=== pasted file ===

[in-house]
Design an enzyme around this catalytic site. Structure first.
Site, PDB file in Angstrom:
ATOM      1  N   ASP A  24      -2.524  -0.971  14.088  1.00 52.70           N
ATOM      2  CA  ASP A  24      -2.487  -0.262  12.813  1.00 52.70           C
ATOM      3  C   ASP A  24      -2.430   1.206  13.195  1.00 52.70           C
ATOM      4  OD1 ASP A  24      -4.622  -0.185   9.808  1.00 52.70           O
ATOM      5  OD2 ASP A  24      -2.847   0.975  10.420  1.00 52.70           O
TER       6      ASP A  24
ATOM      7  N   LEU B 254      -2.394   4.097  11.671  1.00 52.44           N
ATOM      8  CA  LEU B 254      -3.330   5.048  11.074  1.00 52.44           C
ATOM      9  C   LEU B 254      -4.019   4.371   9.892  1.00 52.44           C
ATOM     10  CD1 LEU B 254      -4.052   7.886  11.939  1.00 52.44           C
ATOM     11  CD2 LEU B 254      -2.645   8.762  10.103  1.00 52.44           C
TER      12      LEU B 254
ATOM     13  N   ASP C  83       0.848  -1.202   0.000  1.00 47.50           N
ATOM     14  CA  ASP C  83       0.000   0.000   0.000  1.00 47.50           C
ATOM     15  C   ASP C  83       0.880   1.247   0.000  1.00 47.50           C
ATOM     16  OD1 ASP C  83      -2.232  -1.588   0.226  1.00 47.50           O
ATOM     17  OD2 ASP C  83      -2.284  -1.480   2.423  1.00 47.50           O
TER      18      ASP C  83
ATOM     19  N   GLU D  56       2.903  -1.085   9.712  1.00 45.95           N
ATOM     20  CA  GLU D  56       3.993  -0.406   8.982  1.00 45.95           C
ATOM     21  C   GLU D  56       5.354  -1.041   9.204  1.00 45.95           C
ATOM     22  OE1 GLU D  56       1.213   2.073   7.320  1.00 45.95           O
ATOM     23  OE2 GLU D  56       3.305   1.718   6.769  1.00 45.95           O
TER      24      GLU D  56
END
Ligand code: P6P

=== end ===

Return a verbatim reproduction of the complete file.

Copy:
[in-house]
Design an enzyme around this catalytic site. Structure first.
Site, PDB file in Angstrom:
ATOM      1  N   ASP A  24      -2.524  -0.971  14.088  1.00 52.70           N
ATOM      2  CA  ASP A  24      -2.487  -0.262  12.813  1.00 52.70           C
ATOM      3  C   ASP A  24      -2.430   1.206  13.195  1.00 52.70           C
ATOM      4  OD1 ASP A  24      -4.622  -0.185   9.808  1.00 52.70           O
ATOM      5  OD2 ASP A  24      -2.847   0.975  10.420  1.00 52.70           O
TER       6      ASP A  24
ATOM      7  N   LEU B 254      -2.394   4.097  11.671  1.00 52.44           N
ATOM      8  CA  LEU B 254      -3.330   5.048  11.074  1.00 52.44           C
ATOM      9  C   LEU B 254      -4.019   4.371   9.892  1.00 52.44           C
ATOM     10  CD1 LEU B 254      -4.052   7.886  11.939  1.00 52.44           C
ATOM     11  CD2 LEU B 254      -2.645   8.762  10.103  1.00 52.44           C
TER      12      LEU B 254
ATOM     13  N   ASP C  83       0.848  -1.202   0.000  1.00 47.50           N
ATOM     14  CA  ASP C  83       0.000   0.000   0.000  1.00 47.50           C
ATOM     15  C   ASP C  83       0.880   1.247   0.000  1.00 47.50           C
ATOM     16  OD1 ASP C  83      -2.232  -1.588   0.226  1.00 47.50           O
ATOM     17  OD2 ASP C  83      -2.284  -1.480   2.423  1.00 47.50           O
TER      18      ASP C  83
ATOM     19  N   GLU D  56       2.903  -1.085   9.712  1.00 45.95           N
ATOM     20  CA  GLU D  56       3.993  -0.406   8.982  1.00 45.95           C
ATOM     21  C   GLU D  56       5.354  -1.041   9.204  1.00 45.95           C
ATOM     22  OE1 GLU D  56       1.213   2.073   7.320  1.00 45.95           O
ATOM     23  OE2 GLU D  56       3.305   1.718   6.769  1.00 45.95           O
TER      24      GLU D  56
END
Ligand code: P6P